Some characters’ appearances in my imagination are fluid. Others look like they look, and there’s no changing it. Scarlet falls into that latter category – as do Allyn-a-Dale, Robin Hood, Little John, and Merlin, to name a few other prominent members of the “Outlaws” cast. And as it happens, Allyn is mixed-race; his paternal grandmother, for instance, was brown as I am (*waves to Wendara, back in “The Sky-Child”* – which, again, is currently on sale with the rest of the Wilderhark Tales. Juuuuust sayin’). Yet he’s the palest member of the band. Go figure.
There’s still plenty of room for me to balance the ratio of light to dark characters in my written works. And straight up, a “perfect” balance – whatever that looks like – may never happen. I’m okay with that. My characters’ outsides are far from my main concern. So long as I serve up plenty of diversity of spirit, I’ll feel I’ve done my job.
What about you, fellow writers? How do you settle upon your characters’ looks? And writers or not, recall ye: Leaving a blog post comment is one method of many to obtain entry points in my ongoing Rafflecopter giveaway. So if you’ve got thoughts, I’d love to read ‘em below! And speaking of things well worth reading…
Welcome to Avalon, a Renaissance Faire where heroes of legend never die. Where the Robin Hood walking the streets is truly the noble outlaw himself. Where the knightly and wizardly players of King Arthur’s court are in fact who they profess to be. Where the sense of enchantment in the air is not mere feeling, but the Fey magic of a paradise hidden in plain sight.
Enter Allyn-a-Dale. The grief of his father’s death still fresh and the doom of his own world looming, swirling realities leave the young minstrel marooned in an immortal Sherwood Forest, where he is recruited as a member of Robin Hood’s infamous outlaw band. But Allyn’s new life may reach its end before it’s scarcely begun. Their existence under threat, the Merry Men are called upon to embark on a journey to the dangerous world Outside – ours – on a quest which must be achieved without delay, or eternity in Avalon will not amount to very long at all.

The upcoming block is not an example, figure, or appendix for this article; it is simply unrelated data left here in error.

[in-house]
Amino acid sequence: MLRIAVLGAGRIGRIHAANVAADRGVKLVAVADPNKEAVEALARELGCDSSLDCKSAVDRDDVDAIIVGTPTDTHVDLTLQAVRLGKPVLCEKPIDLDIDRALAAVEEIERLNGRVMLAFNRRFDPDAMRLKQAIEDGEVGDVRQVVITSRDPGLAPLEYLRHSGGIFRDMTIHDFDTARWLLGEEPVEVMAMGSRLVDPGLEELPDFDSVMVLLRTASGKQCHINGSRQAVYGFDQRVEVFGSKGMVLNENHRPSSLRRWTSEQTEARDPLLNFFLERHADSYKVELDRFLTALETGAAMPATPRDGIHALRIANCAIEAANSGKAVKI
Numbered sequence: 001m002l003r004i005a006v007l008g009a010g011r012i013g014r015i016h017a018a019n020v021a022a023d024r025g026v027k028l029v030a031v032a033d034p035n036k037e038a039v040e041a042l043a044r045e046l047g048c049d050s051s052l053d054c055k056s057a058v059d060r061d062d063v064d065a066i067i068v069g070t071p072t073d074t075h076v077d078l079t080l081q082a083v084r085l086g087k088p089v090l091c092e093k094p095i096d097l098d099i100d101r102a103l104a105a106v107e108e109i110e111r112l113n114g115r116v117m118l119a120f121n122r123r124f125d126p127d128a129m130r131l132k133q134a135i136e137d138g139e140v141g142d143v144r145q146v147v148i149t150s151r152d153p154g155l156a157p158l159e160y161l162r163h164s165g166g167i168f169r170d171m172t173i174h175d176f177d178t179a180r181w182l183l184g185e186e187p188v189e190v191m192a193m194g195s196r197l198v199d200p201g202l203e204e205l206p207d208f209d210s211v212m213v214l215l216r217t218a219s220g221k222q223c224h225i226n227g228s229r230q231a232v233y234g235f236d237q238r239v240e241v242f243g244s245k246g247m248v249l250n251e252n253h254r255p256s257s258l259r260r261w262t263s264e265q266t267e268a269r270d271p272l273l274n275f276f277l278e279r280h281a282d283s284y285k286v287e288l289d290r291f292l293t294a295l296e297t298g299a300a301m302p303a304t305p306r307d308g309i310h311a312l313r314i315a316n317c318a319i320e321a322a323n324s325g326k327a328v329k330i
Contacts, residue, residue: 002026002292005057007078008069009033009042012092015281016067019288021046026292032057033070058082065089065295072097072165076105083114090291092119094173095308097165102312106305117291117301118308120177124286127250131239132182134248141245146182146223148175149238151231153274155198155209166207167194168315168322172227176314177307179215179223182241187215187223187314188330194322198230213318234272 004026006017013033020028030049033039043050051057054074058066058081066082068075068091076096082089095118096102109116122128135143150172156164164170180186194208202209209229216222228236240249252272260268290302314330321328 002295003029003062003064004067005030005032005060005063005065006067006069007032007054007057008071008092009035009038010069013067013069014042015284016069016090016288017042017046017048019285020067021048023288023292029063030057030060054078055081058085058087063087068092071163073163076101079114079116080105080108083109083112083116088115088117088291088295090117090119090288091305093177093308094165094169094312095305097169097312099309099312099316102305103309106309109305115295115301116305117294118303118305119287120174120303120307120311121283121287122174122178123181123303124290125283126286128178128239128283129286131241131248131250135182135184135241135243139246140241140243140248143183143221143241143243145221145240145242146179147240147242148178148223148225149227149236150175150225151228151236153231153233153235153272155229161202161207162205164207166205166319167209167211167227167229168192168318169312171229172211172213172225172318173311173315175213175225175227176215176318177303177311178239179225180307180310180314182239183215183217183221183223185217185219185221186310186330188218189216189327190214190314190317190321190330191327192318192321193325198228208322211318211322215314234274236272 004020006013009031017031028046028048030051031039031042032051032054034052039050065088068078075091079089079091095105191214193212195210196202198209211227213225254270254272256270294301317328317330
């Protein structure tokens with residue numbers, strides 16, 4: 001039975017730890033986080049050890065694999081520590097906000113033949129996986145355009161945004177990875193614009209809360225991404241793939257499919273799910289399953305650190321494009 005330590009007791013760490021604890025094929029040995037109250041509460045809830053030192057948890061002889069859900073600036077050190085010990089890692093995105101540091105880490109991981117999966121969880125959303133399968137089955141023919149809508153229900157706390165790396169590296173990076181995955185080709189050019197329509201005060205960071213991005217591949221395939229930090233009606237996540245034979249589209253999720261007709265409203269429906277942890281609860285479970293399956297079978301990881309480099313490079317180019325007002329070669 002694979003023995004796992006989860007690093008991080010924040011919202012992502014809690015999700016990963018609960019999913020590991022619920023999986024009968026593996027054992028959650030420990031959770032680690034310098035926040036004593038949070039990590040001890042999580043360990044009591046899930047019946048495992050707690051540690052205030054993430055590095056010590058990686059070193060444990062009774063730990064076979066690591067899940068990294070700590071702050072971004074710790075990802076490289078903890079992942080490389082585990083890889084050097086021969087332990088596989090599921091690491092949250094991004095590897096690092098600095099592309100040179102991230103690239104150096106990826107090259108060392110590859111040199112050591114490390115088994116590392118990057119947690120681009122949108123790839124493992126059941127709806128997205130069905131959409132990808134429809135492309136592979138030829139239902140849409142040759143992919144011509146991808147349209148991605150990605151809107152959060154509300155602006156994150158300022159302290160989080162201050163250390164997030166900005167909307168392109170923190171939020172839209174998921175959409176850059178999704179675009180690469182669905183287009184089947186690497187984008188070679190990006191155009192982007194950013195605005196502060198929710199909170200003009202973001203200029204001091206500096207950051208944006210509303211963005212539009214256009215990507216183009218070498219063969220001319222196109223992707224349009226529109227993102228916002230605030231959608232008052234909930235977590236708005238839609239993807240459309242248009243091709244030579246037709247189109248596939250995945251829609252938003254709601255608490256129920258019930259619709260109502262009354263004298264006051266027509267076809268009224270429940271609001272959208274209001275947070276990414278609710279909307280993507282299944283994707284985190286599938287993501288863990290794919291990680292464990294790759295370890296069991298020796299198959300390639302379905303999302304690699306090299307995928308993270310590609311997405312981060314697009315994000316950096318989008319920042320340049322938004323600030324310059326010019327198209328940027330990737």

If the Merry Men were Disney princesses, which would they be??
Robin Hood = Mulan (title princess): The best way to bring honor to us all? Stick it to the law in the name of fighting for what’s right!
*Runner-up = Merida (Brave), cuz dem archery skillz.
*Second runner-up = Tiana (The Princess and the Frog), cuz dat work ethic.
Marion = Cinderella (title princess): Makes most sentient creatures fall in love with her kind heart, resilient spirit, and timely sass.
Will Scarlet = Ariel (The Little Mermaid): A redhead full of reckless curiosity about being a part of that world beyond his own.
*Runner-up = Anna (Frozen), in every way. (Is he elated? Gassy? Who can tell?)
Allyn-a-Dale = Snow White (title princess): Doesn’t let an oppressive, abuse-filled childhood get him down – instead ventures forth with a smile and a song to make a lasting, loving impact on a weirdo familial unit in the middle of the forest!
*Runner-up = Rapunzel (Tangled), cuz same deal, just replace the forest family with – whaddaya know – a thief. Also wouldn’t be shocked if his hair was magic.
Little John = Aurora (Sleeping Beauty): If only because I’m pretty sure she’s the princess with the fewest lines of dialogue out of all the rest. Plus he’s probably favored of fairies.